Although Britain has historically run on coal-generated power, the country just went without any for a full 24 hours. This is a first for the area — and it will be the first of many such days to come.
The National Grid confirmed that April 21 was the first full day of coal-free power in 135 years, following a relatively long stretch of 19 hours in May 2016. This is not due to any one alternative power source, but to an increasingly varied range of power options.
Gridwatch observers estimate that about half of the energy used that day came from natural gas, while the rest of the power burden was shared by nuclear, imported, and renewable energy sources. In fact, half of the power in the U.K. on a day-to-day basis now comes from renewables and nuclear.
In other words, Britain didn’t go green for 24 hours, but it made a definitive step away from coal dependence. The U.K plans to close its remaining coal power plants by 2025 at the latest, which will mean longer and longer coal-free periods of time as we approach that deadline.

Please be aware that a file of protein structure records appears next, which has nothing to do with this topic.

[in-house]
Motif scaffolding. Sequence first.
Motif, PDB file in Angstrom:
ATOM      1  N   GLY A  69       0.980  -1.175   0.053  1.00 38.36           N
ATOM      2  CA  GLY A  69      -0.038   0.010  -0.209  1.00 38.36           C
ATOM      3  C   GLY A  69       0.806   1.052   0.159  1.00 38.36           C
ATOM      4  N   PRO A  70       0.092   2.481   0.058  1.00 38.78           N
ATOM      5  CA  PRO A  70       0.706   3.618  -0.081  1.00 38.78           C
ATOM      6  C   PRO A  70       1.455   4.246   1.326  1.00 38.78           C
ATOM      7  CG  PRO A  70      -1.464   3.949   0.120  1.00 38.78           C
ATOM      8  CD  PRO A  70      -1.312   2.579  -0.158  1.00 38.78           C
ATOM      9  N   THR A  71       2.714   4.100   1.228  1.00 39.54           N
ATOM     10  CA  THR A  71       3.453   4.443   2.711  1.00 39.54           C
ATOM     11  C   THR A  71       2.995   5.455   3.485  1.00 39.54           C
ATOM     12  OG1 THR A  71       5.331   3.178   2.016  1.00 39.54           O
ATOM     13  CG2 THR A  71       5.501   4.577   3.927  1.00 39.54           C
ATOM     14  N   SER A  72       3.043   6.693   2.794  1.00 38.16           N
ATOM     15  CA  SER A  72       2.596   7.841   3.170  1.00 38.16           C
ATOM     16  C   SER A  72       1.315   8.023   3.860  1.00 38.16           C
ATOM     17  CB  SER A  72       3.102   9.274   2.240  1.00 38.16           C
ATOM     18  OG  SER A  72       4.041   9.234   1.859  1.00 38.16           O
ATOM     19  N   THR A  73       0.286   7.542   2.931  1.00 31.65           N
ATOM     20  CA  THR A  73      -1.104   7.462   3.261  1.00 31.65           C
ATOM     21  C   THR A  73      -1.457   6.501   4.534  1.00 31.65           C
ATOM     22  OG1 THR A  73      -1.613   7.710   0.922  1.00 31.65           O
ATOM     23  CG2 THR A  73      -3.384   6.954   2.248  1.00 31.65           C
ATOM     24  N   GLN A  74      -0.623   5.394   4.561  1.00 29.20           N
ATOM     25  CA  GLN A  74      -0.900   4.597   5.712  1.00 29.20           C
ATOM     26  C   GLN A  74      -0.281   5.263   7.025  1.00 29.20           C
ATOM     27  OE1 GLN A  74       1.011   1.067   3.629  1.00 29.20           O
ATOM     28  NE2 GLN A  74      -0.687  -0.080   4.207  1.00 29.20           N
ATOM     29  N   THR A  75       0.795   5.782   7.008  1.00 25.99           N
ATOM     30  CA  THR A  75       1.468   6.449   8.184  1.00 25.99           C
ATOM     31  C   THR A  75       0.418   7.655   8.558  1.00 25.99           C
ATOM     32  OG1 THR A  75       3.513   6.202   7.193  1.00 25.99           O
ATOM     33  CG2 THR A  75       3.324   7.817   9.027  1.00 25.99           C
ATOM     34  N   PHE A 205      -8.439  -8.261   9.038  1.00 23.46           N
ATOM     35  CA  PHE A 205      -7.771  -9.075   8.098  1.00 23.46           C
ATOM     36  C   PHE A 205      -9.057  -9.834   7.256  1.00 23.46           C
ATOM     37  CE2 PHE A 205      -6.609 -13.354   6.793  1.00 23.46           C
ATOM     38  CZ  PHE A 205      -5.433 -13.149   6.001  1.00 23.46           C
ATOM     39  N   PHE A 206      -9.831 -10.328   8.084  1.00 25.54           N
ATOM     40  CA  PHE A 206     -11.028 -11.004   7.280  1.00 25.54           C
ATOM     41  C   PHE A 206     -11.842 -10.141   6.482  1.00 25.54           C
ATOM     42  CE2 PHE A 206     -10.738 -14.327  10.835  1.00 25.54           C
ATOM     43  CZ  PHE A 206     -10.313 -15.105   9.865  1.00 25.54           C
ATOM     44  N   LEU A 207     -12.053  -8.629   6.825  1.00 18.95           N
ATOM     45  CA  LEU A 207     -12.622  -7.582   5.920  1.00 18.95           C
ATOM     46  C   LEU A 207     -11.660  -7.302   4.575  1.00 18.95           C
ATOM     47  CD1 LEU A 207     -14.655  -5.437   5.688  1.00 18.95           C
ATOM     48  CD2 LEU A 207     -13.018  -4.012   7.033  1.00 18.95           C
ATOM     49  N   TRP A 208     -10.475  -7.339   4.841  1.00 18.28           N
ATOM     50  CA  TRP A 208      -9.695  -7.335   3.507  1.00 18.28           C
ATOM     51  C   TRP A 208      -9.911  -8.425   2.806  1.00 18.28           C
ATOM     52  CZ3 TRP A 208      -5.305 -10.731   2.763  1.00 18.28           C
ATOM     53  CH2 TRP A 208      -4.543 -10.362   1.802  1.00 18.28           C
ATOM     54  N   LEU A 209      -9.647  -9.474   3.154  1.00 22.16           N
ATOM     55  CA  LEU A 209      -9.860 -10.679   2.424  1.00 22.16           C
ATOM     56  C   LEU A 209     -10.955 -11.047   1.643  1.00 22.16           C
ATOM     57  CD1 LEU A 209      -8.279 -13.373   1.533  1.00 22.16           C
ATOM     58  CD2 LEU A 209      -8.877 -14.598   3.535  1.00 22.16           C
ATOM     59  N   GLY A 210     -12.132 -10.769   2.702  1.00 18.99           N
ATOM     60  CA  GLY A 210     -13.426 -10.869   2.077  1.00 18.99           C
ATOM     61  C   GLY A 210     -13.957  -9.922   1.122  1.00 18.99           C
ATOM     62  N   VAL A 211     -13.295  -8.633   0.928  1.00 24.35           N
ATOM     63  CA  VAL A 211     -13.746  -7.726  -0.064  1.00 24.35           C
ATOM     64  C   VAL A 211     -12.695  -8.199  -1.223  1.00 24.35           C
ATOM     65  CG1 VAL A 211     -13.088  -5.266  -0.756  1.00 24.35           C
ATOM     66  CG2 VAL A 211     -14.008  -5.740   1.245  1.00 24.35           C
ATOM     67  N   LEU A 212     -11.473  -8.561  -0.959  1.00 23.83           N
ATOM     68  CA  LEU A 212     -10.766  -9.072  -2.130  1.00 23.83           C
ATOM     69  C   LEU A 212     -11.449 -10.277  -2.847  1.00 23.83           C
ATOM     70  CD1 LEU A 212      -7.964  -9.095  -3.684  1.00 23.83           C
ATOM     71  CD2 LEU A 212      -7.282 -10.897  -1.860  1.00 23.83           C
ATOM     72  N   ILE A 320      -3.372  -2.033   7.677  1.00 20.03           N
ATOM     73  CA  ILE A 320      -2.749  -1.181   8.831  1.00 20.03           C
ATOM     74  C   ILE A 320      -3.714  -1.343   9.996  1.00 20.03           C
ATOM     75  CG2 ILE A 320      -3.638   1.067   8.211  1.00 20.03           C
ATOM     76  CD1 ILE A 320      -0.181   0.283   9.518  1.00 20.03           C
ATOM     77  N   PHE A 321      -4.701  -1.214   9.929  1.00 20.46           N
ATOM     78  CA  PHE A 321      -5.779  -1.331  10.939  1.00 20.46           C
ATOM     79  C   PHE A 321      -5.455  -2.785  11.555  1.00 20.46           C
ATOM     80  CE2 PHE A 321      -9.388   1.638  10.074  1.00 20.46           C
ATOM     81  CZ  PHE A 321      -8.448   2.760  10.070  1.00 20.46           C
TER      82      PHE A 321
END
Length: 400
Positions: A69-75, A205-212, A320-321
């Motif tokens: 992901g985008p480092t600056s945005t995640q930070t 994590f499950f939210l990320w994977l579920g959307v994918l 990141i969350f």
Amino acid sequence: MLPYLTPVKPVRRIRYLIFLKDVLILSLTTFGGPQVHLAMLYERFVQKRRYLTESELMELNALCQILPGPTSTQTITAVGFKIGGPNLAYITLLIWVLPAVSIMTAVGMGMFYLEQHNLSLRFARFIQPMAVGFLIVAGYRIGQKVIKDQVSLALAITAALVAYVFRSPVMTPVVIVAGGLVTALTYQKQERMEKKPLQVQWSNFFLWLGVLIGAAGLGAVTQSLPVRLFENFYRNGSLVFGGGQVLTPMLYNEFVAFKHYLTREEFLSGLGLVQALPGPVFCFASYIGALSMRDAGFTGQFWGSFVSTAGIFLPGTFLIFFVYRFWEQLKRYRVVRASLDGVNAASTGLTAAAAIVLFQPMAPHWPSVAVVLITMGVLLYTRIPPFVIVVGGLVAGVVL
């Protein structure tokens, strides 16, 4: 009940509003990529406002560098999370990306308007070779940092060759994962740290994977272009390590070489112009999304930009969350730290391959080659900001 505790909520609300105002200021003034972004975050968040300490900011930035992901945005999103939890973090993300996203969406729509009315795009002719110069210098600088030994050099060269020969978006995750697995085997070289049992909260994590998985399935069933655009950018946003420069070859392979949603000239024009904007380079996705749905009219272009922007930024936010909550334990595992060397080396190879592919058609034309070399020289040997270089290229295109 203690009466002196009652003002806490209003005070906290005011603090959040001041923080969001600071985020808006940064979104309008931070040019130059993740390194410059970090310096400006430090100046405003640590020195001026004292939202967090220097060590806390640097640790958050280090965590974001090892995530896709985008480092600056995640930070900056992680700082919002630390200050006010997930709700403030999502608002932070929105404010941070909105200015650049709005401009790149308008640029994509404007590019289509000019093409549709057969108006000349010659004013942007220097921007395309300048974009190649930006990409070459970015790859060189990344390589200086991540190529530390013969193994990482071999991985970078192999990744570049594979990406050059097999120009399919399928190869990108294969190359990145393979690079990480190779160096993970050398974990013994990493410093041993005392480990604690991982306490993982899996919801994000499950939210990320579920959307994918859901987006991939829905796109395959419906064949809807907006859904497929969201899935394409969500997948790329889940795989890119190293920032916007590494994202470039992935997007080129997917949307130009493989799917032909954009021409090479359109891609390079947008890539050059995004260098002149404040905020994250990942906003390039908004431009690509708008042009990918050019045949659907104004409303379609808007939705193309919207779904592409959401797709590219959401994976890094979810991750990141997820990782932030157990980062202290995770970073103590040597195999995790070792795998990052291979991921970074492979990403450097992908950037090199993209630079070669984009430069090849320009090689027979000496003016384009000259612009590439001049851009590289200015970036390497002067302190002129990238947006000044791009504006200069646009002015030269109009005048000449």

The U.K. is far from the only country leading the way when it comes to renewables. According to Costa Rica’s National Centre for Energy Control, the last time fossil fuels were used in the country’s grid at all was June 2016, and before that, more than 98 percent of the nation’s energy came from green sources. Iceland runs on 100 percent renewable sources, 75 percent large hydro and 25 percent geothermal. Sweden is also 100 percent fossil-fuel free.
Other countries are coming close to 100 percent independence, too, and with so many ways to achieve freedom from fossil fuels, each country has to find the method that works best for it. As CleanTechnica points out, only two trends are shared by the countries leading in renewables: leaders who set, support, and invest in ambitious goals for renewable energy generation, and the recognition that there is no one-size-fits-all solution.